John Horgan assesses the changes to the Cork hurling panel

Rebels have talented young hurlers on board and need to upgrade their back-line, but will it be too much, too soon for some?
John Horgan assesses the changes to the Cork hurling panel

Brian Keating and Darragh O'Mahony, Ballincollig, tracking new Cork senior Ethan Twomey, St Finbarr's. Picture: Jim Coughlan.

ARRIVALS and departures, that might be a good way to describe the Cork senior hurling squad for the immediate future.

There may be alterations made before the real business begins with the Munster SHC in the Summer but in the shorter term the squad looks to be what it is.

A strong performance in the Fitzgibbon Cup campaign might, however, catapult one or two more on to it but we’ll wait and see.

There will be changes to every squad every season and no matter how successful or unsuccessful a team has been, long-term injuries and retirements will decree that.

Nothing stays the same and despite how successful Limerick have been in recent times, one can be certain that John Kiely will always be looking to embellish things.

On the arrivals front in Cork, Kieran Kingston has brought in some of the best, young talent around, Midleton duo, Sam Quirke and Tommy O’Connell, Ciarán Joyce from Castlemartyr, Ethan Twomey, the Barrs, and Darragh Flynn from Ballygiblin.

On the departures side of things, Eoin Cadogan, Bill Cooper and Colm Spillane have all called time on their inter-county careers while other members of the squad and extended squad from last season have departed too.

The priority for any team management is to try and strike a decent balance between experience and those not at that level yet.

Cadogan, Cooper and Spillane did not have things easy in recent seasons on the injury front but all three were fine Cork hurling servants when they were in their prime. 

They all had one thing in common, they were physically strong individuals with no shortage either in the industry stakes.

Replacing those types of players is not and will not be easy.

The most interesting addition to the squad, however, from last season is the return of Conor Lehane. It has to be said that his return is most welcome because you are dealing here with one of the best club forwards in the county.

In fact, many were quite surprised that he was omitted last season. Okay, his form might have dipped from the high standards he had set but, as they say, form is temporary, class is permanent.

Midleton did not have a good day at the office in the Munster club championship against Kilmallock but he rifled over some fine points from play in that game and over the course of the domestic season on Leeside, he proved his undoubted class.

His return is justified, all the more so as he is going to be one of the most experienced players in a squad that will contain so many young guns.

Comeback kid Conor Lehane. Picture: Diarmuid Greene/Sportsfile
Comeback kid Conor Lehane. Picture: Diarmuid Greene/Sportsfile

The graduation to the senior ranks of the aforementioned young players is justified too and Kingston will be hoping that the process of integrating them successfully into the starting 15 will happen sooner rather than later.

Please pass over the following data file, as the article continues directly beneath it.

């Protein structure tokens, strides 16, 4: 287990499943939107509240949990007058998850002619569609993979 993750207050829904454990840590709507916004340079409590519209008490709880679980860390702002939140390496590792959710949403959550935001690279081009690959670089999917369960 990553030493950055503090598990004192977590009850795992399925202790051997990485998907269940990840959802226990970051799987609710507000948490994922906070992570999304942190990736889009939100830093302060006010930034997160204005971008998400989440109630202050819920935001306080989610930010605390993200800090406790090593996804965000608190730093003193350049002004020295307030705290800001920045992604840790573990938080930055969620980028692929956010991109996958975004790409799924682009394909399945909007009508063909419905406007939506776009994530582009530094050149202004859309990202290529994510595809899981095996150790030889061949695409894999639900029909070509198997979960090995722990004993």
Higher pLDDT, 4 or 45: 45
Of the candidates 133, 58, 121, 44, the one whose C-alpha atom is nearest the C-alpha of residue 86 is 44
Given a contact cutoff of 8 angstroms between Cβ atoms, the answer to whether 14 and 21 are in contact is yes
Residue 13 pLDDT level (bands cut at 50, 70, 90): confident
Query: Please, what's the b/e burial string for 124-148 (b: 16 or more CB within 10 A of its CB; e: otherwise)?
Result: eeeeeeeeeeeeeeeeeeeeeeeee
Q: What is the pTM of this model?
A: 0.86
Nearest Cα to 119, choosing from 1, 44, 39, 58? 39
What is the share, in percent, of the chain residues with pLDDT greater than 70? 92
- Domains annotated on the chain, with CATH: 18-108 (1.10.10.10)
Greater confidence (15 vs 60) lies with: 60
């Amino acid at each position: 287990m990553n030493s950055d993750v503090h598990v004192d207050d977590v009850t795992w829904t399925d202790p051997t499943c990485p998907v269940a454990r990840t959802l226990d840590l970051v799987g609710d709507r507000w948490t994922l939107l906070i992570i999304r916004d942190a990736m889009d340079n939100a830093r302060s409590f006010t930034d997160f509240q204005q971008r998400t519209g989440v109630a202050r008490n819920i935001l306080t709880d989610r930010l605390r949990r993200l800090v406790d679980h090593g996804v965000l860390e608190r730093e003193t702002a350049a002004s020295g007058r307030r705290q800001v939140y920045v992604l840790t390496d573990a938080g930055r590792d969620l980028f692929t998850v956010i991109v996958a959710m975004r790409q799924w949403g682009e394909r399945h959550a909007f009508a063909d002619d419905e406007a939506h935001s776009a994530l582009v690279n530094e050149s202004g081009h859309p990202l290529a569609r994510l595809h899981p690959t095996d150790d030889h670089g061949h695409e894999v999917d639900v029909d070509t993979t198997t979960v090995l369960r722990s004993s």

It’s now a well-documented fact of life that key areas, particularly in pivotal positions in defence have not been filled adequately for some time.


Kingston and his selectors will be looking towards Joyce, in particular, at filling one of the central defensive positions but at the same time bearing in mind that things you might want to happen may need that bit of time. Cork have been hugely successful at U20 and minor level in very recent times and those All-Ireland U20 and minor victories have laid down a fine platform going forward.

However, expecting too much, too soon from those young players must be taken into account too and we have seen in other counties how success at minor and U20 level does not always follow on to the bigger stage.

But the fine work at grassroots level upwards is starting to yield a greater dividend and there has to be room for optimism.

Cork have a new captain as well and there will be few dissenting voices at the choice of Mark Coleman, now recognised as one of the top hurlers in the business. His versatility has been seen to strong effect in recent years, be it in defence or at midfield. 

Kingston has worked with this player now for a few years and has, obviously, recognised his leadership qualities and has now handed him the captain’s armband. Being a Cork senior hurling captain carries its own responsibilities but the evidence is there to suggest that the Blarney clubman is the right fit.

Dublin's Cian O'Sullivan and Mark Coleman of Cork in action in Thurles last summer. Picture: INPHO/Lorraine O’Sullivan
Dublin's Cian O'Sullivan and Mark Coleman of Cork in action in Thurles last summer. Picture: INPHO/Lorraine O’Sullivan

Cork are not competing in the forthcoming Munster League so we will have to wait and see how some of the new entrants to the squad fare out in the league.

Before the real cut and thrust of the provincial campaign begins, Cork will have at least five games to have a good, hard look at some of those new players and the older ones too.

You get nothing easy at inter-county level these days and playing the best team in the country in Limerick, Wexford, Henry Shefflin’s Galway, Clare and Offaly in the secondary competition should be informative with regards to the composition of the starting 15 for the Munster minefield.

A few decent league victories would give a lot of confidence to a Cork squad that will be one of the youngest competing.

You do not want to be entering the Munster championship on the back of a very poor league campaign, and that’s why that competition is a bit more important this time.

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